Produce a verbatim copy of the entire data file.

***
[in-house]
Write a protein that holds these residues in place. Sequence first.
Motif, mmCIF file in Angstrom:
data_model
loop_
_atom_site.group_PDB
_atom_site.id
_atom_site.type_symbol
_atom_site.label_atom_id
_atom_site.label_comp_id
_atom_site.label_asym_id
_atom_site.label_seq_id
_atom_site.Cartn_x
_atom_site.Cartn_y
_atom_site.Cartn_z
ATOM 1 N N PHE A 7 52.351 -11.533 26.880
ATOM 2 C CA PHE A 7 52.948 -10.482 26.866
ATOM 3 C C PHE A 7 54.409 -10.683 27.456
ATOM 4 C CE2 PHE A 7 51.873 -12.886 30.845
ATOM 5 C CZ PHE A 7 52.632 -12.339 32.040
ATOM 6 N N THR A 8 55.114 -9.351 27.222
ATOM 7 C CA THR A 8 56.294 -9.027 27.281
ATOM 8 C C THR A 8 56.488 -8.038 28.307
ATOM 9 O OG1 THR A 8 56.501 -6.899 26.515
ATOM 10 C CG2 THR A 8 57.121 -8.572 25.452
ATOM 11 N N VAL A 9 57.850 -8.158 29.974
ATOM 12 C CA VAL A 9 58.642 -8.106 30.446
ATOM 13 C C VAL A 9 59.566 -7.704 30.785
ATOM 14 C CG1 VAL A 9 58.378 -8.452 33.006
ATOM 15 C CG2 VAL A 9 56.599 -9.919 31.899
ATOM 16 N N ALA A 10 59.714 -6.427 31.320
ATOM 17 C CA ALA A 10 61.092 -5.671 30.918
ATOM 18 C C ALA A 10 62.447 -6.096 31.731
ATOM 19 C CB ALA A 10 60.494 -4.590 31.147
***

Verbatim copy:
[in-house]
Write a protein that holds these residues in place. Sequence first.
Motif, mmCIF file in Angstrom:
data_model
loop_
_atom_site.group_PDB
_atom_site.id
_atom_site.type_symbol
_atom_site.label_atom_id
_atom_site.label_comp_id
_atom_site.label_asym_id
_atom_site.label_seq_id
_atom_site.Cartn_x
_atom_site.Cartn_y
_atom_site.Cartn_z
ATOM 1 N N PHE A 7 52.351 -11.533 26.880
ATOM 2 C CA PHE A 7 52.948 -10.482 26.866
ATOM 3 C C PHE A 7 54.409 -10.683 27.456
ATOM 4 C CE2 PHE A 7 51.873 -12.886 30.845
ATOM 5 C CZ PHE A 7 52.632 -12.339 32.040
ATOM 6 N N THR A 8 55.114 -9.351 27.222
ATOM 7 C CA THR A 8 56.294 -9.027 27.281
ATOM 8 C C THR A 8 56.488 -8.038 28.307
ATOM 9 O OG1 THR A 8 56.501 -6.899 26.515
ATOM 10 C CG2 THR A 8 57.121 -8.572 25.452
ATOM 11 N N VAL A 9 57.850 -8.158 29.974
ATOM 12 C CA VAL A 9 58.642 -8.106 30.446
ATOM 13 C C VAL A 9 59.566 -7.704 30.785
ATOM 14 C CG1 VAL A 9 58.378 -8.452 33.006
ATOM 15 C CG2 VAL A 9 56.599 -9.919 31.899
ATOM 16 N N ALA A 10 59.714 -6.427 31.320
ATOM 17 C CA ALA A 10 61.092 -5.671 30.918
ATOM 18 C C ALA A 10 62.447 -6.096 31.731
ATOM 19 C CB ALA A 10 60.494 -4.590 31.147